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Hand router cut made to within 1/100 of an inch by Tattia

Hand router cut made exact to within 1/100 of an inch by Taktia

When I use power tools I get only modest precision. Like most people, my hands and arms don’t maintain tight control. If I’m cutting a circle with a router, odds are it’ll turn out looking like a circle … sort of. Wouldn’t it be nice if technology could compensate for human imprecision?

Micro compensation of manual power tools is one idea behind Taktia’s products (taktia.com). In the case of the router above, vector cut files are loaded into the tool and can be browsed on the router’s display. After selecting an image on the touch display (for example an outline of the contiguous United States) you position the router on your material and start cutting by tracing the shape on the display. So long as you’re relatively accurate in moving the router the tool will automatically adjust to 1/100 of an inch. The tool will make the micro compensations necessary to ensure a near-perfect cut. Not bad!

Hand-held, the router path is kept on track with  XY adjustments.

Hand controlled along a graphical trace, the router is kept on track digitally with XY adjustments.

However, the vision doesn’t stop there. Their goal is to make tools better by injecting smarts but not to go so far as full CNC. They want hand tools to stay in your hands but they want the tools to work better. Wouldn’t it be great if a drill slowed when it reached a specified depth or a jig saw stayed on track over the course of a cut? These kind of controller-assisted tools are part of their vision.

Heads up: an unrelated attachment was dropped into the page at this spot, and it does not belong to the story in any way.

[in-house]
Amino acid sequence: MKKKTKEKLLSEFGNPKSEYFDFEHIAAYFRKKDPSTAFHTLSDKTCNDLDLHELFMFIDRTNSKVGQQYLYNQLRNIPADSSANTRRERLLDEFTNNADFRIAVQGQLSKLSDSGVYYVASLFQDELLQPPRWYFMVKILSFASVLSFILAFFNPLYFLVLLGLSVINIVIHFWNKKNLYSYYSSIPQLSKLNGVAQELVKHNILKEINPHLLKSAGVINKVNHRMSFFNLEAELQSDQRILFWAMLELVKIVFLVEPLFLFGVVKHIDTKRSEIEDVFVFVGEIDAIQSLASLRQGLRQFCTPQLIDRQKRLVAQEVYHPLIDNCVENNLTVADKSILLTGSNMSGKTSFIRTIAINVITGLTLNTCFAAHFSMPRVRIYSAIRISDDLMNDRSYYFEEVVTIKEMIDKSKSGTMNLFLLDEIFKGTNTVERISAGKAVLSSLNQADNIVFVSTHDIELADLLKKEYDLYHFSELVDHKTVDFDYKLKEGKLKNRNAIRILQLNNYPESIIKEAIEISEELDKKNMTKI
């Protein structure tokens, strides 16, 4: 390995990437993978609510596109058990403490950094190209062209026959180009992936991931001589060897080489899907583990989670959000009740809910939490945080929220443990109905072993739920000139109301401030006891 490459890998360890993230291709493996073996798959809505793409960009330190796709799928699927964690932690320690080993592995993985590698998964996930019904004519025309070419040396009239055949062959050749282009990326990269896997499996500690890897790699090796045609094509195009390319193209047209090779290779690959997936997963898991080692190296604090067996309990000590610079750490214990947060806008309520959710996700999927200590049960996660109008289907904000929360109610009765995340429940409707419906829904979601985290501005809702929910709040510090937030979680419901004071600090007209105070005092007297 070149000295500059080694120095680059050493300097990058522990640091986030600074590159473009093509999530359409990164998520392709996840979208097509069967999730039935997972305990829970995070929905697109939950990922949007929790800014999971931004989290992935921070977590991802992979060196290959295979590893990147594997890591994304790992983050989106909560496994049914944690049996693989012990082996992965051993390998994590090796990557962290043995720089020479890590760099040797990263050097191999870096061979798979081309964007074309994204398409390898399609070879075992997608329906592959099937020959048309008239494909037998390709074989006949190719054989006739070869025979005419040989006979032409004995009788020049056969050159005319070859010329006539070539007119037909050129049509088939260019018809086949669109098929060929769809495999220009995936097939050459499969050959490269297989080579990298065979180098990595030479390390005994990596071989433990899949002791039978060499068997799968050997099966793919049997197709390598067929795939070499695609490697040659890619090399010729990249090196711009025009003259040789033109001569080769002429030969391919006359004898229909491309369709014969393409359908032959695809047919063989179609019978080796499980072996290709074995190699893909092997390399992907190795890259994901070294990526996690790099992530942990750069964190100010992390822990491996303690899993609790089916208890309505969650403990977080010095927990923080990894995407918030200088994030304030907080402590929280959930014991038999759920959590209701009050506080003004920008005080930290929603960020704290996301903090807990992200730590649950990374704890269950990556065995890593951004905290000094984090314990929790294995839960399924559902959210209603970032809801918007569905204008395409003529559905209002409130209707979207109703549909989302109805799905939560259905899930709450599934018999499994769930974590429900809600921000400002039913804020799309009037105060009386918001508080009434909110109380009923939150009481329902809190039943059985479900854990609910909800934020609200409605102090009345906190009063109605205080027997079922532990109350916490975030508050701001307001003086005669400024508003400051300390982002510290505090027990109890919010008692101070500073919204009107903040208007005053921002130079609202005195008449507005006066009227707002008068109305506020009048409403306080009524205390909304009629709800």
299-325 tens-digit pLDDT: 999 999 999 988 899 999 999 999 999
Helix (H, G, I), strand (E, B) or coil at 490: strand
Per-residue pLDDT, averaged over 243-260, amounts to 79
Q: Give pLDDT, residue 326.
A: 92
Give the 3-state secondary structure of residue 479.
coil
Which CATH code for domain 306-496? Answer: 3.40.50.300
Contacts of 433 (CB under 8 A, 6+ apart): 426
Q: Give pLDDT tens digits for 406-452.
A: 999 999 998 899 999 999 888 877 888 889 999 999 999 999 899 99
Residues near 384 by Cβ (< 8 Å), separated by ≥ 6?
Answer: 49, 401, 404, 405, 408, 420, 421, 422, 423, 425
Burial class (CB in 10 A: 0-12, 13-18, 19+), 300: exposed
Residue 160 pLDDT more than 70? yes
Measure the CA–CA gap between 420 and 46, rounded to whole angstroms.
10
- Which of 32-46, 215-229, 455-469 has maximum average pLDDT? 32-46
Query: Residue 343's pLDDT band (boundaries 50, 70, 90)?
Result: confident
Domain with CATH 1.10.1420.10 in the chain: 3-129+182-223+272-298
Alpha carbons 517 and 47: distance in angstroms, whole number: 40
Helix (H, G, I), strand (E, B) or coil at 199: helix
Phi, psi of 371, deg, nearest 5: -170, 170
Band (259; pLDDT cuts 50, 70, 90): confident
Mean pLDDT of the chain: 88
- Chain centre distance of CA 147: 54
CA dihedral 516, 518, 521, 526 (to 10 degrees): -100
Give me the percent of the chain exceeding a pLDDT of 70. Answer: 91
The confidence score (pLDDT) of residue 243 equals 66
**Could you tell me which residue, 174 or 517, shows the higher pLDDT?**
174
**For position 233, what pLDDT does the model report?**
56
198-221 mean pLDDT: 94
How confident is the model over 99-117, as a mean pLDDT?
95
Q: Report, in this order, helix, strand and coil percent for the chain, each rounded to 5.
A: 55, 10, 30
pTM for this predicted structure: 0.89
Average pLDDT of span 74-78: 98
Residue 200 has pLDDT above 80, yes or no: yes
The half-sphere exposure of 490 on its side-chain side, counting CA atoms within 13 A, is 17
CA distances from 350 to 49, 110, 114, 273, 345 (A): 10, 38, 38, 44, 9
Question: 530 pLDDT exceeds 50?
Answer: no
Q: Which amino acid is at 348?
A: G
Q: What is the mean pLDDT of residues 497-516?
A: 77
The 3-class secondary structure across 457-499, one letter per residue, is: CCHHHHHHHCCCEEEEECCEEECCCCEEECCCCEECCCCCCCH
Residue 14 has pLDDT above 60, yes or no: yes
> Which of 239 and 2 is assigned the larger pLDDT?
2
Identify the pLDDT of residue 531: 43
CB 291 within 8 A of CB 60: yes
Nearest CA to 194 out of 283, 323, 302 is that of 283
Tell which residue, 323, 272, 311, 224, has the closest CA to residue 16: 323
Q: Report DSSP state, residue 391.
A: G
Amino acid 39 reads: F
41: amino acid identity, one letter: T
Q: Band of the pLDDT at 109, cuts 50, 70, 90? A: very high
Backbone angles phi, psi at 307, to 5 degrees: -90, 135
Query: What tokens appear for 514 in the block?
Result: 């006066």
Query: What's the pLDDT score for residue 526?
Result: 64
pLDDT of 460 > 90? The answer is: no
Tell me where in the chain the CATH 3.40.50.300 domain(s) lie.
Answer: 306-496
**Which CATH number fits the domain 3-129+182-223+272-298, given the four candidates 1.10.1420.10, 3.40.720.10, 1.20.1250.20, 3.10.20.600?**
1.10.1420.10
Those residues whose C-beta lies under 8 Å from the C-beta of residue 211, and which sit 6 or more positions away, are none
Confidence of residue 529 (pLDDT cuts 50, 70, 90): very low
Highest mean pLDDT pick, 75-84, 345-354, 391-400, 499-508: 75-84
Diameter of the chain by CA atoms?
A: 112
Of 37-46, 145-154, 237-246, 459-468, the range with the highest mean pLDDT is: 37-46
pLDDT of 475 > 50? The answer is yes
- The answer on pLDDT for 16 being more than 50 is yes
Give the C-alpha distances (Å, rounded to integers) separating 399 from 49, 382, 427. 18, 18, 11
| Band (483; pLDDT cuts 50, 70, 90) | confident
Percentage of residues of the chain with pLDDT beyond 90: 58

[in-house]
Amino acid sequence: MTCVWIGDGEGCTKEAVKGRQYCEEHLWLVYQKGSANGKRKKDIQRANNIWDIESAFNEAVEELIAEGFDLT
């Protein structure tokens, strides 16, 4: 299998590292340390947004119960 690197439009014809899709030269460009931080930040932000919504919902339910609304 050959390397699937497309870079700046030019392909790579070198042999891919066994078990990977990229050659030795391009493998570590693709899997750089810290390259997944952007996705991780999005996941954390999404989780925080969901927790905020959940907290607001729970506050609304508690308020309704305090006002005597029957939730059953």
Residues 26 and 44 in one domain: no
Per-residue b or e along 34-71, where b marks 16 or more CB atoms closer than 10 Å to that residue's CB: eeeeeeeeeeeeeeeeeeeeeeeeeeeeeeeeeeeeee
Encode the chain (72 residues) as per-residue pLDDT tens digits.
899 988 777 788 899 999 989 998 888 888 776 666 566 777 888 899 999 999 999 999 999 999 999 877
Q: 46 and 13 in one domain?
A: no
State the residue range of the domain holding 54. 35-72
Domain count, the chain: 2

Making hand power tools smart is a wonderful idea. With such tools, craftsmen can continue to work with their hands and benefit from technology by getting better results. In addition, it should broaden the number of users who are capable of using power hand tools to produce good work.

Finally my circle cuts will look like circles.

Taktia is one of the startups at this weekend’s Maker Faire Bay Area.

Travis Good

Travis Good

Speaker. Maker. Writer. Traveler. Father. Husband.


  • Monty Woods

    Wonder how much this precision cos ts the users? If it is a self-build or kit add-on to the tool, it could be worth it. We will see when prices are listed. Hope I can get one & computer+software too.

  • Phlamingo

    Okay, I’ve never seen a jig for cutting an outline as complex as that map, but when I made banana chairs for my daughter’s plush monkeys, I cut out patterns to guide the router in the final cuts. For cutting a straight line, a fence is a good choice, and for cutting circles, circle jigs are easy to build (or cheap to buy) and easy to use. I think this is a solution that is still in search of a problem.

    • Dave Newton

      This solution would work for patterns of arbitrary size, and more easily than a trip to your local printer to get a poster-size print to stick onto your wood.

      This is basically CNC, but manually-operated, and a lot cheaper than a full CNC setup. It’s a terrific idea.

  • http://www.woodshopcowboy.com Mr. Patrick

    I think the best use is getting this tool in the hands of those that are challenged by the physicality of making. This allows small kids, smaller makers, etc. to have some level of control when making stuff.